One IETF solution for adopting jumbo frames avoids data integrity reduction of the service data unit by performing an extra CRC at the next network protocol layer above Ethernet. SCTP transport (RFC 4960) and iSCSI (RFC 7143) use the Castagnoli CRC polynomial. The Castagnoli polynomial 0x1EDC6F41 achieves the Hamming distance HD=6 beyond one Ethernet MTU (to a 16,360-bit data word length) and HD=4 to 114,663 bits, which is more than 9 times the length of an Ethernet MTU. This gives two additional bits of error detection ability at MTU-sized data words compared to the Ethernet CRC standard polynomial while not sacrificing HD=4 capability for data word sizes up to and beyond 72 kbits.[12] Support of Castagnoli CRC polynomial within a general-purpose transport designed to handle data chunks, and within a TCP transport designed to carry SCSI data, both provide improved error detection rates despite the use of jumbo frames where an increase of the Ethernet MTU would otherwise have resulted in a significant reduction in error detection.

Configuration[edit]

Some vendors include the headers in the size settings while others do not, that is either the maximum frame size (including frame headers, maximum layer-2 packet size) or the maximum transfer unit (MTU) (maximum layer 3 packet size excluding frame headers). Therefore, you might find that different values must be configured in equipment from different vendors to make the settings match.[citation needed]

A mixture of devices configured for jumbo frames and devices not configured for jumbo frames on a network has the potential to cause network performance issues.[13]

Bandwidth efficiency[edit]

Jumbo frames can increase the efficiency of Ethernet and network processing in hosts by reducing the protocol overhead, as shown in the following example with TCP over IPv4. The processing overhead of the hosts can potentially decrease by the ratio of the payload sizes (approximately six times improvement in this example). Whether this is significant depends on how packets are processed in the host. Hosts that use a TCP offload engine will receive less benefit than hosts that process frames with their CPU.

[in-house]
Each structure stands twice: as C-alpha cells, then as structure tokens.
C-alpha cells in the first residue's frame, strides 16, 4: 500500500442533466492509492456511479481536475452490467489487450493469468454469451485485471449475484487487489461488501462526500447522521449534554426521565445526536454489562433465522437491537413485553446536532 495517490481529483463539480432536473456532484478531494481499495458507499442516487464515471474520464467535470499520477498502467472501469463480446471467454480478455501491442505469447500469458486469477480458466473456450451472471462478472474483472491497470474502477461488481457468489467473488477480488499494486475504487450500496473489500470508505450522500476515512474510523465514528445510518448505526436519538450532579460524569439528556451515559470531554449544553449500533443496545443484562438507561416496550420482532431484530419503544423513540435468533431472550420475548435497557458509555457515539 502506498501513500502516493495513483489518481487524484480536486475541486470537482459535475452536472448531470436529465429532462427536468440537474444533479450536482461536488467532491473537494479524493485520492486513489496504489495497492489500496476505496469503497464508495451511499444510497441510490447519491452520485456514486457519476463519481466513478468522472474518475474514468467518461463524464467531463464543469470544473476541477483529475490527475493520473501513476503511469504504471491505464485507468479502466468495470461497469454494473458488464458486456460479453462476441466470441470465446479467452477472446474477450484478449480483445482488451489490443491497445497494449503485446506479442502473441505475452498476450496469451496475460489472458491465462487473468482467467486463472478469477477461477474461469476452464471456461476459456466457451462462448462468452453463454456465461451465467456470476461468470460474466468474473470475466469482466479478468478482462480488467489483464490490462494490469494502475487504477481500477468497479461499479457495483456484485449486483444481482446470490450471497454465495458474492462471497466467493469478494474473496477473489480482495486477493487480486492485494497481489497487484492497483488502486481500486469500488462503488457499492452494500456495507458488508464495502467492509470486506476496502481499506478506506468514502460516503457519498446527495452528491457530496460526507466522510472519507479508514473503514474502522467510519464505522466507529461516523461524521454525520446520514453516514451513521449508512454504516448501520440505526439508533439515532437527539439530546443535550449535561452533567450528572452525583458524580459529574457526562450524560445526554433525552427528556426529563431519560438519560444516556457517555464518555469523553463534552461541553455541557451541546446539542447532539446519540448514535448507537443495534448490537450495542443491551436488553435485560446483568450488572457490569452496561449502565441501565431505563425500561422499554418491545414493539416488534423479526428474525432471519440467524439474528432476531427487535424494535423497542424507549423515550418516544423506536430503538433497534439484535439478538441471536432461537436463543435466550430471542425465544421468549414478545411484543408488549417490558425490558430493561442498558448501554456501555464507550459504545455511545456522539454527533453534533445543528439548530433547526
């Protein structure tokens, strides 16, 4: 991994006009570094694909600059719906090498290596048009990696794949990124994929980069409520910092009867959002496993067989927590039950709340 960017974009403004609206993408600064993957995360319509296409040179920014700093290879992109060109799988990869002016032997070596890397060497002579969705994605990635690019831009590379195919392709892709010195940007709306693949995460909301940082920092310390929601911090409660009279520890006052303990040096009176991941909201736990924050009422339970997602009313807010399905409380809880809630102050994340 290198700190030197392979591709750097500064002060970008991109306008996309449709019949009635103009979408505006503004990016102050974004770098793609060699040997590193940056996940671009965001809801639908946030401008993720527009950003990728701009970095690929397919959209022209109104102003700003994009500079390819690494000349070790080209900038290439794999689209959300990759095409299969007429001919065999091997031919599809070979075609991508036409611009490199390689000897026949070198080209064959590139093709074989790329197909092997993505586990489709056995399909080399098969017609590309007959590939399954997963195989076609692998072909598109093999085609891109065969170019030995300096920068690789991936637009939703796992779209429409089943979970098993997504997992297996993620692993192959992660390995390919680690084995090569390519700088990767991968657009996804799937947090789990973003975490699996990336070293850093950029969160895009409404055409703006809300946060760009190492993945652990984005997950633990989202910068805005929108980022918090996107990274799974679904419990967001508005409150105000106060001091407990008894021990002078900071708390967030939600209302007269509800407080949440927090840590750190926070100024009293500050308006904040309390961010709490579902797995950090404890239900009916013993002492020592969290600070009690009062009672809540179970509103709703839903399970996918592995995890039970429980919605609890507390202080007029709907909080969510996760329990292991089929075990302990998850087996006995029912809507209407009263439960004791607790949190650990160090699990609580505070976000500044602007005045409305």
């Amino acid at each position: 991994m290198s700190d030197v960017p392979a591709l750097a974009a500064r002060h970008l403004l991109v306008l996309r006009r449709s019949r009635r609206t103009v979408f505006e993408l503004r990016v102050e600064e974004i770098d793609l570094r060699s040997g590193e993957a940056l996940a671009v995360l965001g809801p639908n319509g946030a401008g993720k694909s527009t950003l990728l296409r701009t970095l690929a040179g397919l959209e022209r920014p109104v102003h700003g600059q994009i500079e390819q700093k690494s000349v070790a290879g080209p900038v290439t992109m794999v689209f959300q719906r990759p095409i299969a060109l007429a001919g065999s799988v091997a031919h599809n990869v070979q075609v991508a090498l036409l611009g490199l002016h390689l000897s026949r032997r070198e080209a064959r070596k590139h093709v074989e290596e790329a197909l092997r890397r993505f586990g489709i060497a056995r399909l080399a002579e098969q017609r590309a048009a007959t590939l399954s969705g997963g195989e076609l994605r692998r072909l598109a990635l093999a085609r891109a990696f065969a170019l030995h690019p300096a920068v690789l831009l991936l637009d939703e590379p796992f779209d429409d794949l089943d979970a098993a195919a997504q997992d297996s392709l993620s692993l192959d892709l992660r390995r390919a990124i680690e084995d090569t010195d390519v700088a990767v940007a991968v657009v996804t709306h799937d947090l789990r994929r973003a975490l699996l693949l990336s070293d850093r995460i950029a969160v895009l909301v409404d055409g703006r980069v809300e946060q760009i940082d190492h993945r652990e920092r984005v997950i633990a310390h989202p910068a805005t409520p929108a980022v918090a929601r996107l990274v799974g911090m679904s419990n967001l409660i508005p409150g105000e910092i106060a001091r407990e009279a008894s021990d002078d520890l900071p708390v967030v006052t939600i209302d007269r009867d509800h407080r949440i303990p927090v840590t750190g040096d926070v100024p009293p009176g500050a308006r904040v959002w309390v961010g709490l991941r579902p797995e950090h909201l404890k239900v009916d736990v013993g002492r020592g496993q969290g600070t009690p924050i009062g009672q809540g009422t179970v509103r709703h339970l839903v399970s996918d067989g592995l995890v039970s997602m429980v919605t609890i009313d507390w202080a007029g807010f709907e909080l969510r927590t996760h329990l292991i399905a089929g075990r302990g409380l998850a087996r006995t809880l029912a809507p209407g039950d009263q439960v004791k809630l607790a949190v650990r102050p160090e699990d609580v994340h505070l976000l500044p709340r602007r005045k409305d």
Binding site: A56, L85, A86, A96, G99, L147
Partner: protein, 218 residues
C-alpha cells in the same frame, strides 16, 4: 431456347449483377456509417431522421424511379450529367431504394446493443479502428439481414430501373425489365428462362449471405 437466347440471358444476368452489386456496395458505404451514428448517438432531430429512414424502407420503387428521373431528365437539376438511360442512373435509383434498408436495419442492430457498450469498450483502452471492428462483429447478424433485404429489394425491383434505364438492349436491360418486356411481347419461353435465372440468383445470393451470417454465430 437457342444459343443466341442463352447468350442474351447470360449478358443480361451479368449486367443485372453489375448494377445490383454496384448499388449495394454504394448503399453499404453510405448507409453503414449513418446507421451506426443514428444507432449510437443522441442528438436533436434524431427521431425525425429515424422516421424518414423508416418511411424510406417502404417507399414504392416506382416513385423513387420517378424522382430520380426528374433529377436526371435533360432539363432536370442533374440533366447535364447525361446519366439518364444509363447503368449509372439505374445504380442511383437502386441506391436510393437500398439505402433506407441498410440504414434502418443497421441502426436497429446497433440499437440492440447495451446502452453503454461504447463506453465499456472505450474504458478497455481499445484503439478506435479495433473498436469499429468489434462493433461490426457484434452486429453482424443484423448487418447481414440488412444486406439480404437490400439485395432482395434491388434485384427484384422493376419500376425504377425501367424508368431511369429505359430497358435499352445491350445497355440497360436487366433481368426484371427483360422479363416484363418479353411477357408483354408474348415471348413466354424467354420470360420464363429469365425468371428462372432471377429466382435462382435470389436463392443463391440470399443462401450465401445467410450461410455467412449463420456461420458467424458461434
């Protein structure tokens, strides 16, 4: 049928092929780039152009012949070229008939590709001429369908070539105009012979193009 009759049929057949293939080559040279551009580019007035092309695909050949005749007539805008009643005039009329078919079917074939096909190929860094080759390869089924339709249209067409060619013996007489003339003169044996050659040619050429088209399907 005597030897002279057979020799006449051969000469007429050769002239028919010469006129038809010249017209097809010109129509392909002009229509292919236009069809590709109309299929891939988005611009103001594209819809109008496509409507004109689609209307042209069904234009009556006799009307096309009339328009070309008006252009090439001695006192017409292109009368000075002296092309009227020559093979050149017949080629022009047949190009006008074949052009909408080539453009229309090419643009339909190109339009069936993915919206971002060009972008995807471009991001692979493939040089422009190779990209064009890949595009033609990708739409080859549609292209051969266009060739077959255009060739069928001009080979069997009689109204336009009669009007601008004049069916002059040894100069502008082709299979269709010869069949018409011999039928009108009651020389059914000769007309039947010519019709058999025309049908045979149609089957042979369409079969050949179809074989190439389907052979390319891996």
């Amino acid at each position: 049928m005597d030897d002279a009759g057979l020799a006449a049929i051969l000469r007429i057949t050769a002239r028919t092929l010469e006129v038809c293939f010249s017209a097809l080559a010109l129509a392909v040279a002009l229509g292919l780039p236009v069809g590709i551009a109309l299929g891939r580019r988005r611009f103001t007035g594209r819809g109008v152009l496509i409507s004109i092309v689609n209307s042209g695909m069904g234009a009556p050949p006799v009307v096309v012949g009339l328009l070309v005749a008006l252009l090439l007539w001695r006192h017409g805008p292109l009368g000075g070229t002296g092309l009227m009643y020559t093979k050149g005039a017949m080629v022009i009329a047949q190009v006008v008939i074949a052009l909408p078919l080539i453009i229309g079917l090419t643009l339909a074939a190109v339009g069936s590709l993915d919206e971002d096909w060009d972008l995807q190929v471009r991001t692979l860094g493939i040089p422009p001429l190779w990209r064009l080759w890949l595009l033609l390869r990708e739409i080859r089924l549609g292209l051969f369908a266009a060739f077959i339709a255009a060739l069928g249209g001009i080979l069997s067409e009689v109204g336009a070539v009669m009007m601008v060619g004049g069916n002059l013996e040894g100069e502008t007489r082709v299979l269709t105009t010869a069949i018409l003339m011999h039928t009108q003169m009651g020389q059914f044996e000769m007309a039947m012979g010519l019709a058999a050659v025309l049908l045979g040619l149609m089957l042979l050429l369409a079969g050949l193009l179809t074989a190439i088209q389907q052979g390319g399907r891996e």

Frame-level bandwidth efficiency
Frame type MTU Layer 1 overhead Layer 2 overhead Layer 3 overhead Layer 4 overhead Payload size Total transmitted[A] Efficiency[B]
Standard 1500 preamble
8 byte
IPG
12 byte
frame header
14 byte
FCS
4 byte
IPv4 header
20 byte
TCP header
20 byte
1460 byte 1538 byte 94.93%
Jumbo 9000 preamble
8 byte
IPG
12 byte
frame header
14 byte
FCS
4 byte
IPv4 header
20 byte
TCP header
20 byte
8960 byte 9038 byte 99.14%
Other frame sizes for reference
IEEE 802.11[14][15] 7935 PLCP preamble & header
24 byte
IPG
varies
frame header & security ovhd
52 byte
FCS
4 byte
IPv4 header
20 byte
TCP header
20 byte
7895 byte 8015 + IPG size byte < 98.5%
IEEE 802.11 bridged to Ethernet 1500 PLCP preamble & header
24 byte
IPG
varies
frame header & security ovhd
52 byte
FCS
4 byte
IPv4 header
20 byte
TCP header
20 byte
1460 byte 1580 + IPG size byte < 92.4%
  1. ^ Total transmitted size is the sum of the payload size and all overhead sizes.
  2. ^ Efficiency is calculated by dividing the payload size by the total transmitted size.

Baby giant frames[edit]

Baby giant or baby jumbo frames are Ethernet frames that are only slightly larger than allowed by the IEEE Ethernet standards.[2] Baby giant frames are, for example, required for IP/MPLS over Ethernet to deliver Ethernet services with standard 1500 byte payloads. Most implementations will require non-jumbo user frames to be encapsulated into MPLS frame format which in turn may be encapsulated into a proper Ethernet frame format with EtherType values of 0x8847 and 0x8848.[16] The increased overhead of extra MPLS and Ethernet headers means that the support for frames up to 1600 bytes is required in Carrier Ethernet networks.[17]

Super jumbo frames[edit]